By the age of 14, Miss Rotorua Evarna Koia was in prison.
Addicted to methamphetamine, Ms Koia was convicted of stealing a motor vehicle and was sent to youth prison.
“When I went to women’s prison I was actually convicted of the same thing,” Ms Koia told Marae.
These two convictions, the second at 18, were closely connected to her drug addiction, she believes.
“I was just in this cycle of crime, of offending.”
Ms Koia is just one of many young Māori women who are or have spent time in prison.
According to the latest statistics, Māori women are the most incarcerated group of indigenous women in the world and the numbers are climbing.
Of the total women’s prison population in New Zealand, 62 per cent are Māori. Most of these women are between the ages of 16 and 29.
The reasons behind the large number of young Māori women ending up in prison is complex, but one that shouldn’t be accepted but understood, says professor of indigenous studies at the University of Auckland Tracey McIntosh.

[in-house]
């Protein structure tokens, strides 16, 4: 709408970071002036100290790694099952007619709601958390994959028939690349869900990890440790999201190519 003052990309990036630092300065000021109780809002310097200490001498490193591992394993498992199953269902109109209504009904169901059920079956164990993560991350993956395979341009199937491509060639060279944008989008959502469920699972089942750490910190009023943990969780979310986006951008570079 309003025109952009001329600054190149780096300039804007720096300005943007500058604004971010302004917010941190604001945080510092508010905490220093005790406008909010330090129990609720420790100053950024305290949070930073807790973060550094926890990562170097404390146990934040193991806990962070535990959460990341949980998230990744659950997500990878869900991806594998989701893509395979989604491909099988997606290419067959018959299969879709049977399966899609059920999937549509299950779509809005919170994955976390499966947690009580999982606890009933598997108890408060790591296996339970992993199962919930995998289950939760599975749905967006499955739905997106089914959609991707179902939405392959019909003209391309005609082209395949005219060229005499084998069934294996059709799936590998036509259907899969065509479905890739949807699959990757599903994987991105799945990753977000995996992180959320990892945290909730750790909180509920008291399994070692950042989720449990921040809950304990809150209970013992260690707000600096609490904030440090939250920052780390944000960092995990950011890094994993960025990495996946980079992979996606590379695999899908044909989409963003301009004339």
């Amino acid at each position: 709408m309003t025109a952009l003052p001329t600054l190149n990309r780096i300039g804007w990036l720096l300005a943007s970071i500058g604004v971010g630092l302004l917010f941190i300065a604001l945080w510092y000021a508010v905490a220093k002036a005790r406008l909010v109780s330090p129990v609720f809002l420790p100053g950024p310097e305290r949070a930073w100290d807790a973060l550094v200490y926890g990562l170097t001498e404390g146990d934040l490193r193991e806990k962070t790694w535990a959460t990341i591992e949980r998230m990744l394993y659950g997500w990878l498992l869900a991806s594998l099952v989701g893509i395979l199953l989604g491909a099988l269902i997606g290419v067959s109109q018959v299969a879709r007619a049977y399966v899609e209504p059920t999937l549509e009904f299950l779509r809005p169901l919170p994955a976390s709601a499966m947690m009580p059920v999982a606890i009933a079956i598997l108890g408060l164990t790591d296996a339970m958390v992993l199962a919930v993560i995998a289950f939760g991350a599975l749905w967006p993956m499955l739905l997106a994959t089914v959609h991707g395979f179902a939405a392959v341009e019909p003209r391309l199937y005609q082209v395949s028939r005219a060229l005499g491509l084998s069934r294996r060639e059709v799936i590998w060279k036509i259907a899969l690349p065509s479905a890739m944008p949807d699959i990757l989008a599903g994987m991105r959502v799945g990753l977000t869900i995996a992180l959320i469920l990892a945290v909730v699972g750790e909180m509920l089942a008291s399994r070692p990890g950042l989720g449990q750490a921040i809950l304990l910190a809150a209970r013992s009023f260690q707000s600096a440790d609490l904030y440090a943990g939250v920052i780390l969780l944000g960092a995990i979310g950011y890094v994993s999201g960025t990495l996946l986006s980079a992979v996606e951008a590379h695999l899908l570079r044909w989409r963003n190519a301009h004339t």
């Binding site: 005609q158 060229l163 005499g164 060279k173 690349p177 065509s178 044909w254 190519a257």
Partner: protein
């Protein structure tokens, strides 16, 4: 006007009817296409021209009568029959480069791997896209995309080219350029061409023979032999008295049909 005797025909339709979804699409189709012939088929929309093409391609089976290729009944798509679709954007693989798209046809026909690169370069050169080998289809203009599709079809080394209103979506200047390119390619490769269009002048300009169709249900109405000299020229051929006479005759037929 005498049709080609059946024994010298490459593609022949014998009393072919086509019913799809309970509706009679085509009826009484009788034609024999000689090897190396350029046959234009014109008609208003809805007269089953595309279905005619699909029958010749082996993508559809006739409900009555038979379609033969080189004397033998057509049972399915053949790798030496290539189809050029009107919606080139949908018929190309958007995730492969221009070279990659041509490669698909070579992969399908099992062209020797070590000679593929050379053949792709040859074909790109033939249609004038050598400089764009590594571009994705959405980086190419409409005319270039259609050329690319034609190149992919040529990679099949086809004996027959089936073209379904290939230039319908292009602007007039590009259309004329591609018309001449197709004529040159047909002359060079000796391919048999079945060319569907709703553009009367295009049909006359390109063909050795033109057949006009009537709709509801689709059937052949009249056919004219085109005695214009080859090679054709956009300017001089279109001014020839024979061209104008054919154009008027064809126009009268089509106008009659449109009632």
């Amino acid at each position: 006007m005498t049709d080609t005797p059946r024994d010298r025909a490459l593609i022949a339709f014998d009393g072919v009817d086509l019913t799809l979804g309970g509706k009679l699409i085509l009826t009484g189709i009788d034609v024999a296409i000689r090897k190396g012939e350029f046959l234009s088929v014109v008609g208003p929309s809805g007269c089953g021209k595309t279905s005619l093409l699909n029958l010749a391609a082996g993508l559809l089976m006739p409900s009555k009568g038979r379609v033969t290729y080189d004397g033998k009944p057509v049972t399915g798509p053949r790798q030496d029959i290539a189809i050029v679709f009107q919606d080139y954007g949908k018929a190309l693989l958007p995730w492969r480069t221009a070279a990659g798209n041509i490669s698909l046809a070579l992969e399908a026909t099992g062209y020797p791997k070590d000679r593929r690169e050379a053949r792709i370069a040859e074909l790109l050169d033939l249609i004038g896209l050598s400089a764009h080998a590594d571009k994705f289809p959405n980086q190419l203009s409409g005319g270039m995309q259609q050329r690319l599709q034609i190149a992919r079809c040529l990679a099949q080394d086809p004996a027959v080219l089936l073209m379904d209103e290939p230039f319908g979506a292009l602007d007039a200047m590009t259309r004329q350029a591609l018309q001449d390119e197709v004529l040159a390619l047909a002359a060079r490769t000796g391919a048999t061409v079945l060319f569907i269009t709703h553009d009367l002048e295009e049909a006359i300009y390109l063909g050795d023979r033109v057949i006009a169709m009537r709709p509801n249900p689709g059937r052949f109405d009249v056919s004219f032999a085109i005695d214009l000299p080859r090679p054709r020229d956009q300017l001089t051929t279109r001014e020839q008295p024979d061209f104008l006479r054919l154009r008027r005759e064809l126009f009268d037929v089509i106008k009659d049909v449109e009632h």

“These are not natural statistics. We have to understand them more fully and we have to be much more responsive and we must be more culturally informed and have active solutions for those issues.”
Marae reporter Shilo Kino took and in-depth look into the issue as she spoke to women about their experiences in prison.
Watch the full story above.